Abstral (Fentanyl) Sublingual Tablet 400 mcg – 30 pills.
Each pack contains 30 pills.
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Abstral® (Fentanyl) Sublingual Tablet 400 mcg – 30 Pills Pain is a significant and frequent consequence of cancer and one of the most feared symptoms associated with the diagnosis of cancer.1,2 Patients report that pain is associated with significant levels of physical discomfort, negative effects on their ability to engage in their usual activities, and diminished overall quality of life.1 A meta-analysis of 52 studies calculated the pooled prevalence rates for cancer pain with results indicating that pain affected 33% of patients with newly diagnosed cancer (95% confidence interval [CI], 21%–46%), 59% of those undergoing therapy (95% CI, 44%–73%), 64% of patients with advanced disease (95% CI, 58%–69%), and 53% of patients with all stages of disease (95% CI, 43%–63%).2
Among 18 studies characterizing the severity of pain experienced by patients, more than one-third described their pain as moderate or severe.2 Interviews conducted with 5,084 adults with cancer revealed that 56% of patients rated the intensity of their pain to be 5 or greater on a validated numerical rating scale (NRS) of 0 to 10 (where 0 = no pain and 10 = worst pain ever) and also reported several recurrent pain episodes in the past month.3 Notably, only 48% of adult patients with cancer-related pain reported good quality of life, whereas 51% indicated that pain interfered with their cognitive function, 69% reported disruptions in activities of daily living, 43% felt pain made them a burden on others for care, 30% experienced a level of pain that prevented them from performing self-care activities, and 52% indicated diminished work performance.3 Emotional reactions to pain included feelings of distress (67%) and an intolerable aspect of having cancer (36%), with 32% of patients indicating that they experienced pain of such severity they felt they would rather die.3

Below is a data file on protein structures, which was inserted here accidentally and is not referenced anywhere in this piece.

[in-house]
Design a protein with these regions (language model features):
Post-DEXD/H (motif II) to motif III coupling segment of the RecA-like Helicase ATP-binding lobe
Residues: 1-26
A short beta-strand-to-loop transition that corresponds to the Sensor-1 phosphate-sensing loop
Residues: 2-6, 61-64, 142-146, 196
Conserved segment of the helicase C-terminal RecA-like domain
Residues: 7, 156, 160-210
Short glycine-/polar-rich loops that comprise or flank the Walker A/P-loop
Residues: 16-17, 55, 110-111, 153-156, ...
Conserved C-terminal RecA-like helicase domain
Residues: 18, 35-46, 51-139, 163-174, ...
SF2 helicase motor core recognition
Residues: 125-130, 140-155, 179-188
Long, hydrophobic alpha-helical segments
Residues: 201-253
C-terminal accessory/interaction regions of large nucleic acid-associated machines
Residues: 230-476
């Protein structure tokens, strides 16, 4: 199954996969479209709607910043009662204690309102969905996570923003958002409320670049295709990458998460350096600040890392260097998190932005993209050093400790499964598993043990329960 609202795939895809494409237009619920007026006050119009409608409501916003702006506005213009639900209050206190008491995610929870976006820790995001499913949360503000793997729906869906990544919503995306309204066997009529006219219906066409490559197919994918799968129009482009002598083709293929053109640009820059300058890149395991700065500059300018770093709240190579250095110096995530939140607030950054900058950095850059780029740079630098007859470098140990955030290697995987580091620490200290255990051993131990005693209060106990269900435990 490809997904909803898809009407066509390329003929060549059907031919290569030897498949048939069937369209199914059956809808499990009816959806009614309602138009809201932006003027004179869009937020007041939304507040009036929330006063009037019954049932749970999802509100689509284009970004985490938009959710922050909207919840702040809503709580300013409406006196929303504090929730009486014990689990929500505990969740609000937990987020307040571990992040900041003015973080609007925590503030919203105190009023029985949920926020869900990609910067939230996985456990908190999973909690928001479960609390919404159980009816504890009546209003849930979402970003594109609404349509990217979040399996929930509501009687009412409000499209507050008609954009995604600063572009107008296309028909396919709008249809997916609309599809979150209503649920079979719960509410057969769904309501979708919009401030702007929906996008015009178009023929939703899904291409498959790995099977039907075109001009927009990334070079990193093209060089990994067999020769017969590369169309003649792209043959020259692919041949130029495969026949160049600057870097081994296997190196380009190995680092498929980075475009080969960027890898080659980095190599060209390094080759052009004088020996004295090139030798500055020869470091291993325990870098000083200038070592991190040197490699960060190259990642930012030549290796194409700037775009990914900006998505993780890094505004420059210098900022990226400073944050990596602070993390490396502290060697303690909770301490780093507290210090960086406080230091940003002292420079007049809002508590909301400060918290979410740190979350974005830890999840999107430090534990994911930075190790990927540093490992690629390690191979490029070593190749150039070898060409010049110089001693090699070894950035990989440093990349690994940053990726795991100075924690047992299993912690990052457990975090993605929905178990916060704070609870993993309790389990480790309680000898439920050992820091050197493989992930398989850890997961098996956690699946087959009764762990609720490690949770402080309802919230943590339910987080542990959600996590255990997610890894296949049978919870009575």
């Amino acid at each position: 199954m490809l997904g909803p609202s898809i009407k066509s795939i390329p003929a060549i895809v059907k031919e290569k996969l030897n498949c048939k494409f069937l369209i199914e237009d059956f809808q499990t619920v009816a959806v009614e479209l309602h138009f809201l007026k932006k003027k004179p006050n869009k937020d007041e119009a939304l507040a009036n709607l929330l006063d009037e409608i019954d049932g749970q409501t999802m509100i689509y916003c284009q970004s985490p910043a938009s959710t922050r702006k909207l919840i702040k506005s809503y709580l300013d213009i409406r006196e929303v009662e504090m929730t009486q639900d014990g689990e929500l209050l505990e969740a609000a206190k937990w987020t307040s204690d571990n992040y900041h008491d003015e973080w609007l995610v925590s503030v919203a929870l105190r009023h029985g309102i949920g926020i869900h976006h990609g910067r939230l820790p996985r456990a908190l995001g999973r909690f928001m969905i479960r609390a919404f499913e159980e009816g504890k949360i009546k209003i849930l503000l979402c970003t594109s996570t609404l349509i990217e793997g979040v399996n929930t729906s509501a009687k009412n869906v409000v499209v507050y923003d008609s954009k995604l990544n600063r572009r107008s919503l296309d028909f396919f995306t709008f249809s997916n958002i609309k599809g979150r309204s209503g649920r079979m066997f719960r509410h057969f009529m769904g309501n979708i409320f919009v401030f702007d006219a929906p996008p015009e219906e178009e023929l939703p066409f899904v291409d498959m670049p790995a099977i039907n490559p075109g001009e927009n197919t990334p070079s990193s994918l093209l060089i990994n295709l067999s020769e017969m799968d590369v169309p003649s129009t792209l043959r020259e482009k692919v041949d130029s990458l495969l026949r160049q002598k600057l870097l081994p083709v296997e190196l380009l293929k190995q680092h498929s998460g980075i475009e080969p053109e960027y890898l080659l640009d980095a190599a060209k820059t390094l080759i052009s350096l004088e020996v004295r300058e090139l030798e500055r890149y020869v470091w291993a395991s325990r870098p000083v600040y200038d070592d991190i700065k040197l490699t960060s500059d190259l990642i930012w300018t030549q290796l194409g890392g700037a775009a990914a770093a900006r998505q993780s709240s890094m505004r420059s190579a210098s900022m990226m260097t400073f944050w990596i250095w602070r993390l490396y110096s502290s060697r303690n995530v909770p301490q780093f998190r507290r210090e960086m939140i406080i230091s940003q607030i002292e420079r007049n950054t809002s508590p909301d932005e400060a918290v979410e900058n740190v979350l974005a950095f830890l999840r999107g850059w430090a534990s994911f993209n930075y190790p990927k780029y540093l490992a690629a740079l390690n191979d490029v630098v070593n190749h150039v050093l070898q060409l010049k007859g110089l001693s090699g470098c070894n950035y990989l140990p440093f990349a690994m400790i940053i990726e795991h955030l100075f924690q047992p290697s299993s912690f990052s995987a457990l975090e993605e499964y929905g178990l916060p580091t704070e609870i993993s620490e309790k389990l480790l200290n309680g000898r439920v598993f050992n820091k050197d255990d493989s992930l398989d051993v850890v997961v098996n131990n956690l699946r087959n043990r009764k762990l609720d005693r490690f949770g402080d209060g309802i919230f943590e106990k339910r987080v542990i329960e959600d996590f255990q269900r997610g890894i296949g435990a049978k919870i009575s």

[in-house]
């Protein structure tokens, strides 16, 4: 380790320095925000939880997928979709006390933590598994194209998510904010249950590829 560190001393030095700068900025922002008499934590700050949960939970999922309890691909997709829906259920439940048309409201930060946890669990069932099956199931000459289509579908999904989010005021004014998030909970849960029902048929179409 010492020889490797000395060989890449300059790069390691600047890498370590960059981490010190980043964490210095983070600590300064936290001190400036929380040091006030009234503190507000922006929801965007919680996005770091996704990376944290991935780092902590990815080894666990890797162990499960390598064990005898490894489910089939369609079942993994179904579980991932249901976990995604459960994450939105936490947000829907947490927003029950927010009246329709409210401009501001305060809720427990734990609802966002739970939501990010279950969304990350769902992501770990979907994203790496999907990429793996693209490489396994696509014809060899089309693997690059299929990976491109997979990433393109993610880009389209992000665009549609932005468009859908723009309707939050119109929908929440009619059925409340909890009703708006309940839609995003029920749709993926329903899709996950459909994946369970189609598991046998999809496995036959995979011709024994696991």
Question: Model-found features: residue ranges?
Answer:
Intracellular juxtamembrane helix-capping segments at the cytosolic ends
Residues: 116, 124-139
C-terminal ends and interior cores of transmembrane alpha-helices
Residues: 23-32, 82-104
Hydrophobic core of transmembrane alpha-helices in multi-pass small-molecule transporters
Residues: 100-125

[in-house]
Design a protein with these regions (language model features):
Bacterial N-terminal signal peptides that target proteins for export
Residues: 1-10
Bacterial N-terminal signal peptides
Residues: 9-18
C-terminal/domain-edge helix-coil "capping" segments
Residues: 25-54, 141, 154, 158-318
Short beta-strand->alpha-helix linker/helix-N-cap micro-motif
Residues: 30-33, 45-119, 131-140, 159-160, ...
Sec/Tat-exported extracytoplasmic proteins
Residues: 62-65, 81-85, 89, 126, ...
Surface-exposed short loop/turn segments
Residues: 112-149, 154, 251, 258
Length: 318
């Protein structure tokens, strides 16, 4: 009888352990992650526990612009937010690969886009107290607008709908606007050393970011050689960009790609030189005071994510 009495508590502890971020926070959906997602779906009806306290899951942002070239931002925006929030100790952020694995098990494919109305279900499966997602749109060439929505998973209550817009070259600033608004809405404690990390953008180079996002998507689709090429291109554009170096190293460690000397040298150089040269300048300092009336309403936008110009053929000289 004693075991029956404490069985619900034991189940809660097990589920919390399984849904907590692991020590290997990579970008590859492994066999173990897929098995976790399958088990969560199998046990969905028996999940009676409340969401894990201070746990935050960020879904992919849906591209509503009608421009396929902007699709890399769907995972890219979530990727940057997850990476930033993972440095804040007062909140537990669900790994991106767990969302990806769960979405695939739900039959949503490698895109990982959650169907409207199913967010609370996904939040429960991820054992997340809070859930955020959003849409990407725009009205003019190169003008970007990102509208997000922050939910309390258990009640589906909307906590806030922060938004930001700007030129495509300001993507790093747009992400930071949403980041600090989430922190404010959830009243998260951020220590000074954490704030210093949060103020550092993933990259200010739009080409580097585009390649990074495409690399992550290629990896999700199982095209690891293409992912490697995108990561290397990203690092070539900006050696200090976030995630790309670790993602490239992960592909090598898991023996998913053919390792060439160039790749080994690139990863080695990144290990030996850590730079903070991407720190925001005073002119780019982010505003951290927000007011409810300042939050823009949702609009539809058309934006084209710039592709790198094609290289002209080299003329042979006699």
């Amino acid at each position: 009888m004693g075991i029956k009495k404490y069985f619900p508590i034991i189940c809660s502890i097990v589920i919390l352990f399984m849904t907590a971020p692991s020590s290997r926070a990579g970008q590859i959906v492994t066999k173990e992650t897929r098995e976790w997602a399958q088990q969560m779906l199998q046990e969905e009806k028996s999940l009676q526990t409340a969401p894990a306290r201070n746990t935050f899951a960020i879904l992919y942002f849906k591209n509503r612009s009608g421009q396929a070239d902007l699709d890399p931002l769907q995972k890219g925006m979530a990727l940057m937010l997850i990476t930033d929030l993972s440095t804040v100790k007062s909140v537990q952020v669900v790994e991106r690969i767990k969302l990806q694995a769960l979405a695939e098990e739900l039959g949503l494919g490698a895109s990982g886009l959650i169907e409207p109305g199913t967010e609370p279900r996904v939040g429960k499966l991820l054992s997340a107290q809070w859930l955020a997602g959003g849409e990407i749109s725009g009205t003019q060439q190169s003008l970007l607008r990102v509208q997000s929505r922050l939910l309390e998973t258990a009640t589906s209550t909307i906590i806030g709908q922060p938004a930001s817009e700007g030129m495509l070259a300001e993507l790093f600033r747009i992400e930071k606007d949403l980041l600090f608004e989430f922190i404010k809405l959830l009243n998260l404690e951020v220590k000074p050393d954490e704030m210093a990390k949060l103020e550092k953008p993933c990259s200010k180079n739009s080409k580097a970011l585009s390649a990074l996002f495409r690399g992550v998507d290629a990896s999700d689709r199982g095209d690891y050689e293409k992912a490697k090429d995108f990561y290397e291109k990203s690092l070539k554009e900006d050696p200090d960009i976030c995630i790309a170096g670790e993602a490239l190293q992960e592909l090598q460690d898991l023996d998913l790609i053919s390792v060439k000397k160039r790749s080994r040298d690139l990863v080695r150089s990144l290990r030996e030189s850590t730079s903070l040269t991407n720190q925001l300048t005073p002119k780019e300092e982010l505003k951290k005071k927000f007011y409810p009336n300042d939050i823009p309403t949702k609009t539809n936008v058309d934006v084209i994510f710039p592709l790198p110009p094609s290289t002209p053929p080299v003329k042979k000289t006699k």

The significant negative consequences of pain among cancer patients are a treatment priority for clinicians according to national and international guidelines.1,4 The World Health Organization (WHO) established an initial treatment algorithm for cancer pain management and recommended initiating treatment with acetaminophen or a nonsteroidal anti-inflammatory agent (NSAID), progressing to weak opioids for patients requiring additional relief, and the use of strong opioids (e.g., morphine) for pain not effectively controlled by milder agents.1,4 These guidelines have since been updated to more accurately reflect the complexities of effective pain management for patients with cancer.1,5–7 These updated guidelines include dosing recommendations for different classes of pharmacological agents (NSAIDS, opioids, and co-analgesics), frequently used to treat pain in cancer patients, as well as recommendations for titration and dose rotations, escalation of dosing, management of side effects, and alternative interventions for management of cancer pain.1